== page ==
Toxic Trade News / 15 September 2006
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Protesters angry about toxic waste dumping attack Ivory Coast's transport minister
by Franz Wild, San Diego Union Tribune
15 September 2006 (Abidjan, Ivory Coast) – Protesters angry about recent toxic waste dumping around Ivory Coast's commercial capital attacked the country's transport minister Friday, pulling him from his car at a roadblock and beating him, a party official said.

The protesters recognized Transport Minister Innocent Kobenan Anaky in his car and then attacked the vehicle, said Joel N'Guessan, the vice president of Anaky's party.

“They attacked him with anything they could find,” N'Guessan said. “Then they burnt his car.”
N'Guessan said Anaky managed to escape with injuries to his face.

Some 9,000 people have reported to health facilities in the weeks since the material apparently was illegally dumped around Abidjan, with 19 people requiring hospitalization, according to the Health Ministry. Spokesman Jean Denoman said six people died from exposure to the waste.

Hundreds of youth blocked the road to the main garbage disposal site in Abidjan on Friday and burned tires and shouted in protest. Police arrived to try to contain the situation.

“People want to breathe. They have the impression that nobody is doing anything, while this is a national catastrophe,” said a protester in his 20s who only gave his name as Major.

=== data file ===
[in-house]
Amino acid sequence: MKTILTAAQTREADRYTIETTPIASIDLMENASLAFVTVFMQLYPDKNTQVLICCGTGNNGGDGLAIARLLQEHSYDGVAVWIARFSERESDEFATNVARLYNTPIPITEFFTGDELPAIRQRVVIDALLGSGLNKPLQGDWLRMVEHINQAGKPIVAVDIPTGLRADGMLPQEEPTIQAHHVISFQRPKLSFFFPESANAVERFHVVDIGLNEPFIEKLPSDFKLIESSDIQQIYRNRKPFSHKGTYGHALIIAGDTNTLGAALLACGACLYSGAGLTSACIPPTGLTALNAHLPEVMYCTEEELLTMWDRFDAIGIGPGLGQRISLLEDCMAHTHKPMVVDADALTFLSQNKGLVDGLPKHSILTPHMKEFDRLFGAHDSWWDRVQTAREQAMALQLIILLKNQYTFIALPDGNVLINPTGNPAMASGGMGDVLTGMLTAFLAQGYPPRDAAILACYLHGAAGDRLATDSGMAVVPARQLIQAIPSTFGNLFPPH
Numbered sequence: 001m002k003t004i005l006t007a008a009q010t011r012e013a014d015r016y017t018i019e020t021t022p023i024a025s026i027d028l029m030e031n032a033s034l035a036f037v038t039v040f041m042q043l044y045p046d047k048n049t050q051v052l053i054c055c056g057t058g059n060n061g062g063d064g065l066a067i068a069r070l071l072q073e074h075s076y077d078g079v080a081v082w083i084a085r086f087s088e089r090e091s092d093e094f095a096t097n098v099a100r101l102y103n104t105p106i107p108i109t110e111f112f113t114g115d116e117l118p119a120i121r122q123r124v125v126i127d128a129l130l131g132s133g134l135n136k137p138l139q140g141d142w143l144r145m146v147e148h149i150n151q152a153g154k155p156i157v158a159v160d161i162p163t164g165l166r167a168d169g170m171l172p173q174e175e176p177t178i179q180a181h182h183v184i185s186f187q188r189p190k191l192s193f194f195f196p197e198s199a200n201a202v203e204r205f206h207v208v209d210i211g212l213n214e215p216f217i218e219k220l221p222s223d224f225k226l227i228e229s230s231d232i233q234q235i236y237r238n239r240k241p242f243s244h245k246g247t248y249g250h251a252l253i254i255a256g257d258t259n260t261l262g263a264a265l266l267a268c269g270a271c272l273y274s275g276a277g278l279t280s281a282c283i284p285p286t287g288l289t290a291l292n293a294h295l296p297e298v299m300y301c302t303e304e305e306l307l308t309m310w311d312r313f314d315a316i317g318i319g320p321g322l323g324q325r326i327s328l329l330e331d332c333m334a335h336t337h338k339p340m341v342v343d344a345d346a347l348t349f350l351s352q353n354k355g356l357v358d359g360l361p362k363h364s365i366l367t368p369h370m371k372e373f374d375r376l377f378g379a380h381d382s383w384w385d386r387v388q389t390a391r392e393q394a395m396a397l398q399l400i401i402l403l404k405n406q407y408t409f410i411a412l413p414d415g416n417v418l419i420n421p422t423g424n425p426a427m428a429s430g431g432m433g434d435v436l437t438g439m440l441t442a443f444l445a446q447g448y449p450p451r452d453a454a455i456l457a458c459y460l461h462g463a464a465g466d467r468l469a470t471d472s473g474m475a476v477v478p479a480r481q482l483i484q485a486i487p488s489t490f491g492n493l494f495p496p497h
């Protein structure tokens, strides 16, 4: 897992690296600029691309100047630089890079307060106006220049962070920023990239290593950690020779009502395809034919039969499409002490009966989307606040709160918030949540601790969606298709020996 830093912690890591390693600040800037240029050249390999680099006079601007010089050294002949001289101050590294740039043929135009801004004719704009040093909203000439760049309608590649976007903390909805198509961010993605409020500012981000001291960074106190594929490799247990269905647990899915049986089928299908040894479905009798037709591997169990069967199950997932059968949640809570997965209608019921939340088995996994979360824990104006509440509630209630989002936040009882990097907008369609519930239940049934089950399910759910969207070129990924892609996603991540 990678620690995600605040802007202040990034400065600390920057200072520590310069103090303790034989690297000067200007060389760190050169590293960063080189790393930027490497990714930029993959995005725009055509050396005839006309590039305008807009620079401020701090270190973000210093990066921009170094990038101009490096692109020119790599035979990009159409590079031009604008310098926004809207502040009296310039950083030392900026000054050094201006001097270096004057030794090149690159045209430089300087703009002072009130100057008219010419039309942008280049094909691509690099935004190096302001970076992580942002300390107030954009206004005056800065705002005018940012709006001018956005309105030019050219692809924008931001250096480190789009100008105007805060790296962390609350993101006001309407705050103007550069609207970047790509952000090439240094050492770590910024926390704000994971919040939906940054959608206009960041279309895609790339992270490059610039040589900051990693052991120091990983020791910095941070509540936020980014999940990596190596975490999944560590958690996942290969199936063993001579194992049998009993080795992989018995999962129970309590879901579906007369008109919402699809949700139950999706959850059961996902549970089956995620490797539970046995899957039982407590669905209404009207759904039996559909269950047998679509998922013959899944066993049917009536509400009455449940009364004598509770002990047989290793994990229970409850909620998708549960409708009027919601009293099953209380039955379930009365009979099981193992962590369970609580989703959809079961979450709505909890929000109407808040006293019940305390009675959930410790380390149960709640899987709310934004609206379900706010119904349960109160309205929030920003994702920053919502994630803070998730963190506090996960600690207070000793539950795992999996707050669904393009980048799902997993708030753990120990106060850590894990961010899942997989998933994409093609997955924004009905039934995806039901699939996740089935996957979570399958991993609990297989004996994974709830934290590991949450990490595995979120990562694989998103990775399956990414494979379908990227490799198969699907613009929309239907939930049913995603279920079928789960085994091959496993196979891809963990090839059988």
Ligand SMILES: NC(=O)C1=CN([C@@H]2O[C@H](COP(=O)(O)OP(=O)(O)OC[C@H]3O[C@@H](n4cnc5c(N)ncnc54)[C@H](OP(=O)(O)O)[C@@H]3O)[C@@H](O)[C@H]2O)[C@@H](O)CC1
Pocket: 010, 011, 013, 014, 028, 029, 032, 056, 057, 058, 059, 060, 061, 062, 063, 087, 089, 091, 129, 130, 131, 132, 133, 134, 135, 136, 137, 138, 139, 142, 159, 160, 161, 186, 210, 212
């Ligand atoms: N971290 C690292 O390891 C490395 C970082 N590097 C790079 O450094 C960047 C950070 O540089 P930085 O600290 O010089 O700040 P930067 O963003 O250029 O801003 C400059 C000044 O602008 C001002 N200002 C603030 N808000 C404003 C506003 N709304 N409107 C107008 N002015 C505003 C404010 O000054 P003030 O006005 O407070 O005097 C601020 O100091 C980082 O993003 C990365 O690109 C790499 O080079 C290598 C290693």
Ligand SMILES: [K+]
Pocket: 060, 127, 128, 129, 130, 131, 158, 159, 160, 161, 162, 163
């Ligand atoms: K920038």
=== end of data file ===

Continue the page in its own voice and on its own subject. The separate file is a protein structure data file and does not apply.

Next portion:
Abidjan residents began complaining of an offensive stench in recent weeks and Trafigura Beheer B.V., a Dutch-based commodities company, said a local contractor may have improperly disposed of a byproduct from a fuel shipment sent to the West African nation.

Prime Minister Charles Konan Banny said Thursday that he has launched an investigation into the dumping and suspended three high-ranking officials: the general manager of the Abidjan port, the general manager of customs, and the governor of Abidjan district.

A U.N. report issued Thursday said up to 14 open-air sites have been contaminated by toxic waste. Previously 11 sites had been reported contaminated.

Eight of the sites already have been confirmed, including the main garbage dump, U.N. Office for the Coordination of Humanitarian Affairs said, adding that the full extent of the toxic spill was not yet clear.

Among the substances found in the petrochemical waste are hydrogen sulfide and hydrocarbons, which can be harmful to humans and the environment, OCHA said.

Three experts from the World Health Organization will visit Abidjan's hospitals to evaluate the health consequences and establish how many people have been affected, said WHO spokeswoman Fadela Chaib. People were suffering from respiratory problems, headaches, vomiting and nosebleeds, she said.

The black substance was discovered by residents, who took to the streets last week to complain about persistent health problems and a pervading smell of rotten eggs near their homes.

Mounting public anger resulted in the resignation of a postwar, power-sharing government last week. Banny, who remains in office, was expected to announce a new Cabinet by the end of this week.

Authorities have arrested seven people in connection with the dumping, including three customs officials and a high-ranking official at the Transport Ministry, according to local news reports.

Associated Press Writer Pauline Bax contributed to this report.

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